Overview

Degenerative myelopathy is a slow, progressive spinal cord disorder of unknown cause that is most commonly seen in aging German shepherds and a few other large breed dogs such as Belgian shepherds, Rhodesian ridgeback, collies and Weimaraners. There is currently no cure for degenerative myelopathy. Most dogs slowly deteriorate over 6 to 12 months becoming progressively weaker and more uncoordinated in the rear legs.

The cause of the condition is unknown, although it is believed to be an autoimmune disease in which the body’s immune system begins to attack its own nerve cells. The age of onset is 5 to 14 years, with an average age of 9 years. Males are affected more than females.

Diagnosis and Treatment Notes:

  • Degenerative myelopathy is generally diagnosed by a thorough history and physical examination including a neurologic exam. Sometime x-rays or a spinal tap are recommended.
  • Treatment depends on the severity of the disease, your individual pet, and your veterinarian. There is no specific therapy for dogs with degenerative myelopathy. Some dogs can be helped with steroids, vitamins and other supplements.  Discuss treatment details when your pet is diagnosed with this condition.

 

What to Watch for*:

  • Difficulty rising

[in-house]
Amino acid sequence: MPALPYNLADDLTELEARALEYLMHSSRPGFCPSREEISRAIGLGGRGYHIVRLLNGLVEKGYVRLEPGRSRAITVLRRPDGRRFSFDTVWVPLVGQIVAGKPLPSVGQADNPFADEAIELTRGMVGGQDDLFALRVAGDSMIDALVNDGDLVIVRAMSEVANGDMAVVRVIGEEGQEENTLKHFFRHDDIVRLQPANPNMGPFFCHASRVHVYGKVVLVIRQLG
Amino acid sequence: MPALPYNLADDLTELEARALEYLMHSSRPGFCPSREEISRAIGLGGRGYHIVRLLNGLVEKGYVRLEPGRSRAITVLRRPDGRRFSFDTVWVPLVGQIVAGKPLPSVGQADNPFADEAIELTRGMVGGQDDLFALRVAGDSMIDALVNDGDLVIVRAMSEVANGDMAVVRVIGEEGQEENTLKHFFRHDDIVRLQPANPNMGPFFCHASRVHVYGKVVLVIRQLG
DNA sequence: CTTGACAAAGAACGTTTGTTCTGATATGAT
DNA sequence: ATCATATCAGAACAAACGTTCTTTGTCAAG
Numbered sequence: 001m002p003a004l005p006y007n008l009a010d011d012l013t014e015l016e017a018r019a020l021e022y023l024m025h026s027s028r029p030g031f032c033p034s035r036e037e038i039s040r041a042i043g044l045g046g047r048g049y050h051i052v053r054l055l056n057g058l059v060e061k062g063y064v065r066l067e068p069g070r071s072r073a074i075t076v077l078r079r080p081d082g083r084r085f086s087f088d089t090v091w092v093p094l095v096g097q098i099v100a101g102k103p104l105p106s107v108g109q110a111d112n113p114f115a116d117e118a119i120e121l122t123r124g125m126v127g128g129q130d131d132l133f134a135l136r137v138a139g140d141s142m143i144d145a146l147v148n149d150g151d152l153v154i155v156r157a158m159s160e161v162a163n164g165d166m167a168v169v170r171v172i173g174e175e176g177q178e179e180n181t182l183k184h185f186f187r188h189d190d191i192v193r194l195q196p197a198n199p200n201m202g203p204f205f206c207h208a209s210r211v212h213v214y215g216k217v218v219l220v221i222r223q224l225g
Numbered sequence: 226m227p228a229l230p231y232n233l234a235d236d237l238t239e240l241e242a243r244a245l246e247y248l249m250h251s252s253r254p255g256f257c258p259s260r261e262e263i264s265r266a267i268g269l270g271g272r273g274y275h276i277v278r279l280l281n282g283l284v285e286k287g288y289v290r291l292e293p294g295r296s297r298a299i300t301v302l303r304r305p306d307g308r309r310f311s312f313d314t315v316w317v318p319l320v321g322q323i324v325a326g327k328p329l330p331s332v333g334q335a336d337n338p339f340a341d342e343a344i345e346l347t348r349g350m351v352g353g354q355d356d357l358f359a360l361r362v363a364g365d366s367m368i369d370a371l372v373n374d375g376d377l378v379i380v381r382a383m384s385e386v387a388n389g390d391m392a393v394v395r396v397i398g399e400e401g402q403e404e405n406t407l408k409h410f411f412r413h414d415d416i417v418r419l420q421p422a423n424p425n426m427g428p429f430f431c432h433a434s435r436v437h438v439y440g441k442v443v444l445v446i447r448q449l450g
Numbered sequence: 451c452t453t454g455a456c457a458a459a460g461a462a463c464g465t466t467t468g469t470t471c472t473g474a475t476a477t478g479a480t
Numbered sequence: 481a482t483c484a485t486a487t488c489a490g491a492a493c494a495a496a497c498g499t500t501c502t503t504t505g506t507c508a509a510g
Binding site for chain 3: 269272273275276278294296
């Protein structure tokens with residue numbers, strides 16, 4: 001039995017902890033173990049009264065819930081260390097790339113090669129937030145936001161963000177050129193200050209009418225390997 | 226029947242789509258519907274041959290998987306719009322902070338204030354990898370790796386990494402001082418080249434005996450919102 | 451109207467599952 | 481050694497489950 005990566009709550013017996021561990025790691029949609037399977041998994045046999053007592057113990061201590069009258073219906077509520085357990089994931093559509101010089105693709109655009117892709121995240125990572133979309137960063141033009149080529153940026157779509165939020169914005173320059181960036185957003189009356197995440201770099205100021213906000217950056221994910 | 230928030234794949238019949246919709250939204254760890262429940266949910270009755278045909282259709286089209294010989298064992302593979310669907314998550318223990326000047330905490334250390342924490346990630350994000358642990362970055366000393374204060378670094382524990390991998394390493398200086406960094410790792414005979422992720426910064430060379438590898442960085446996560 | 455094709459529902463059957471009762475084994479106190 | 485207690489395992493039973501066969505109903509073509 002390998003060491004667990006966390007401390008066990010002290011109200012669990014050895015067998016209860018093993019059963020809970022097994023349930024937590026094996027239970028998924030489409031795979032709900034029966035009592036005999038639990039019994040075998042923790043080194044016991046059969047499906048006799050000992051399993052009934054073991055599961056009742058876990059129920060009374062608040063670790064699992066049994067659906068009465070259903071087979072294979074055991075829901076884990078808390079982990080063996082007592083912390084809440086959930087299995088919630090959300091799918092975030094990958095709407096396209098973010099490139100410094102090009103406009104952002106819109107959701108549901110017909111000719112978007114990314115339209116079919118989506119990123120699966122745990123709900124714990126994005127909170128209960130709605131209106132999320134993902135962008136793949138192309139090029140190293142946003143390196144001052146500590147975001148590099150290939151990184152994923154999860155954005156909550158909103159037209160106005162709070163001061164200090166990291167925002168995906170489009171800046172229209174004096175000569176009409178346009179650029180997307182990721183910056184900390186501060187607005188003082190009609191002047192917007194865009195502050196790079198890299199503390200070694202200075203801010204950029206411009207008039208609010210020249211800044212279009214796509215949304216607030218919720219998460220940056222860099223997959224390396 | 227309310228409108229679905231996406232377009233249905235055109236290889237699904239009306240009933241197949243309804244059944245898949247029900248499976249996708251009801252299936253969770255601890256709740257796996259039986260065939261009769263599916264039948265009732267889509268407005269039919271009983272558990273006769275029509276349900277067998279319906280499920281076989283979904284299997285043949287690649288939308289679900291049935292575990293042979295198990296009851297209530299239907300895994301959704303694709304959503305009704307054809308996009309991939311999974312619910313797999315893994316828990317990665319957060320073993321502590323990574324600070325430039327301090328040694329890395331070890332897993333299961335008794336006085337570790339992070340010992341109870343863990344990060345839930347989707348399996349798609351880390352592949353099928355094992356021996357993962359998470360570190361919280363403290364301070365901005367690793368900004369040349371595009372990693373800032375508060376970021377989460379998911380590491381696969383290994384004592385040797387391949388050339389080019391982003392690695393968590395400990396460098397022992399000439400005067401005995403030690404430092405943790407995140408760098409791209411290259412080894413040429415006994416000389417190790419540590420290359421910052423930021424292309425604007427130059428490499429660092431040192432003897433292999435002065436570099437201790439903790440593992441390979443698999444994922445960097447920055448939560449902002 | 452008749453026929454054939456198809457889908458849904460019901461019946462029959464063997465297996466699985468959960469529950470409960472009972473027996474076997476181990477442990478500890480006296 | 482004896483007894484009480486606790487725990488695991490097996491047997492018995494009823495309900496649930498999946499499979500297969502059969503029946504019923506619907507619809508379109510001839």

• Stumbling
  • Knuckling of the toes
  • Loss of muscle in the rear legs
  • Urinary and fecal incontinence

*Please notify us if you notice any of the above signs or if you have any questions!

Dear Valued Clients

During these challenging times, there have been some unforeseen changes at The Big Easy Animal Hospital. I cannot express enough my sincere apology for any inconvenience you have experienced at The Big Easy during these times. As we strive to make the practice safe to protect everyone including you, your family, and our Big Easy team and their families, I’ve decided to make certain changes while we are under this pandemic. These changes will be temporary.

 

Monday through Friday:

Walk Ins start at 10:00am, check-in starts at 9:00am.There are a limited amount of patients we can accept. Our receptionists will be happy to assist you with options to help guide you and your pet(s).)

 

Starting Saturday, August 1st

Saturdays will be TECHNICIAN APPOINTMENTS only. These will include boosters, bloodwork, nail trims, certain diagnostics, etc. There will not be a veterinarian on site. While I understand these changes can be inconvenient, I have listed local veterinary clinics that we have contacted and are open to see walk-ins throughout the week and Saturdays as well. For life threatening emergencies that occur outside business hours, please contact the following 24-hour animal hospitals below.

Please, be safe and healthy.

Thank you all for your understanding. -Aileen Ruiz, DVM

 

24 Hour Emergency Care:

 

Pittsburgh Veterinary Specialty and Emergency Center

807 Camp Horne Road
Pittsburgh, PA
(412)366-3400

 

AVETS

4224 Northern Pike
Monroeville, PA
(412)373-4200


VCA Castle Shannon Animal Hospital

3610 Library Road
Pittsburgh, PA
(412)885-2500


Veterinarians Accepting Walk in Care:

Penn Animal Hospital

2205 Penn Avenue
(412)471-9855
WALK—IN’S—MONDAY THRU FRIDAY from 10:00 AM – 1:30 PM


North Boros Veterinary Hospital

2255 Babcock Blvd
(412)821-5600
WALK-IN’S—MONDAY THRU FRIDAY from 9:00 AM – 12:30 PM

 

 

Contact Us

You have Successfully Subscribed!